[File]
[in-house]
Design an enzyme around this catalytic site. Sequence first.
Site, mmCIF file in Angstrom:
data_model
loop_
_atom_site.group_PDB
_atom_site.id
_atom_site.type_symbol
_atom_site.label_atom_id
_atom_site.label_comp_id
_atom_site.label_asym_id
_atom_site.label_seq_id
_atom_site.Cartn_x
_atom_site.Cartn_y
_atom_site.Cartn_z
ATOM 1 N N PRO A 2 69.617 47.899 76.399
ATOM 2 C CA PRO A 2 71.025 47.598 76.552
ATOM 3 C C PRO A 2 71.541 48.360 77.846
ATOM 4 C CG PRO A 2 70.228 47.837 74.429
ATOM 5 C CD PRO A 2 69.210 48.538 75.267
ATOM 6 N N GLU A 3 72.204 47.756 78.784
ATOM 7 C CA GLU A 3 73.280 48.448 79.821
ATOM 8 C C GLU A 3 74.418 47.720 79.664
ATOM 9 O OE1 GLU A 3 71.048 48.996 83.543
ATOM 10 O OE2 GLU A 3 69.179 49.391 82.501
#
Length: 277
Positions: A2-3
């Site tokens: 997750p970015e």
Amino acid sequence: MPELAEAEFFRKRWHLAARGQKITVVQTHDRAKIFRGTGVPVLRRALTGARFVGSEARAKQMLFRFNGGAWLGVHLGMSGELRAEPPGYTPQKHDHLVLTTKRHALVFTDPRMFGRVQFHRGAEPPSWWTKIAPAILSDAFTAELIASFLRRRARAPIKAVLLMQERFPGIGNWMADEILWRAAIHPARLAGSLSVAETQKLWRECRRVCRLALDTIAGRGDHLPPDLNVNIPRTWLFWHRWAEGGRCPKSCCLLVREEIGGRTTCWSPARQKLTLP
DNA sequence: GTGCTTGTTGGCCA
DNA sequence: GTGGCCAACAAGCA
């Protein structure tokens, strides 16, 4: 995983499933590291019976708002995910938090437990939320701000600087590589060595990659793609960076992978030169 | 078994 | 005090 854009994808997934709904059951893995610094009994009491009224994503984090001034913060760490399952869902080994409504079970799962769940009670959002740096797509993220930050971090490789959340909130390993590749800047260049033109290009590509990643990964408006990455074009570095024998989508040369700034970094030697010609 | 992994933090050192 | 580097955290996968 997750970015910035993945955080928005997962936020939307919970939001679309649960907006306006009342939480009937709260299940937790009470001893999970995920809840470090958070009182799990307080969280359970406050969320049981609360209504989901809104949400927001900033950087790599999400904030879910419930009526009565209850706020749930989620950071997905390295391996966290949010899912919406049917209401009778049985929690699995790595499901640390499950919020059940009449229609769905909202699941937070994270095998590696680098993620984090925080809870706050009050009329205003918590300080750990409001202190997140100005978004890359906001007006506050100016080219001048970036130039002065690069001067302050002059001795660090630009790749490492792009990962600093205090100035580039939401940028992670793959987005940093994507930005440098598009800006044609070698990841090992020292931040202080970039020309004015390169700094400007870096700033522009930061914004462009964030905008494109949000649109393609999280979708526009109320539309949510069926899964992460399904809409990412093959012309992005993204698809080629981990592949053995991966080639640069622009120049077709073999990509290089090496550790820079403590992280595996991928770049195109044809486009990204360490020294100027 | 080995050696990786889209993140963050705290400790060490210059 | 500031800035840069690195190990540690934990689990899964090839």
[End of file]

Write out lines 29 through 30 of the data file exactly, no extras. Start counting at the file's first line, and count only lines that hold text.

């Site tokens: 997750p970015e």
Amino acid sequence: MPELAEAEFFRKRWHLAARGQKITVVQTHDRAKIFRGTGVPVLRRALTGARFVGSEARAKQMLFRFNGGAWLGVHLGMSGELRAEPPGYTPQKHDHLVLTTKRHALVFTDPRMFGRVQFHRGAEPPSWWTKIAPAILSDAFTAELIASFLRRRARAPIKAVLLMQERFPGIGNWMADEILWRAAIHPARLAGSLSVAETQKLWRECRRVCRLALDTIAGRGDHLPPDLNVNIPRTWLFWHRWAEGGRCPKSCCLLVREEIGGRTTCWSPARQKLTLP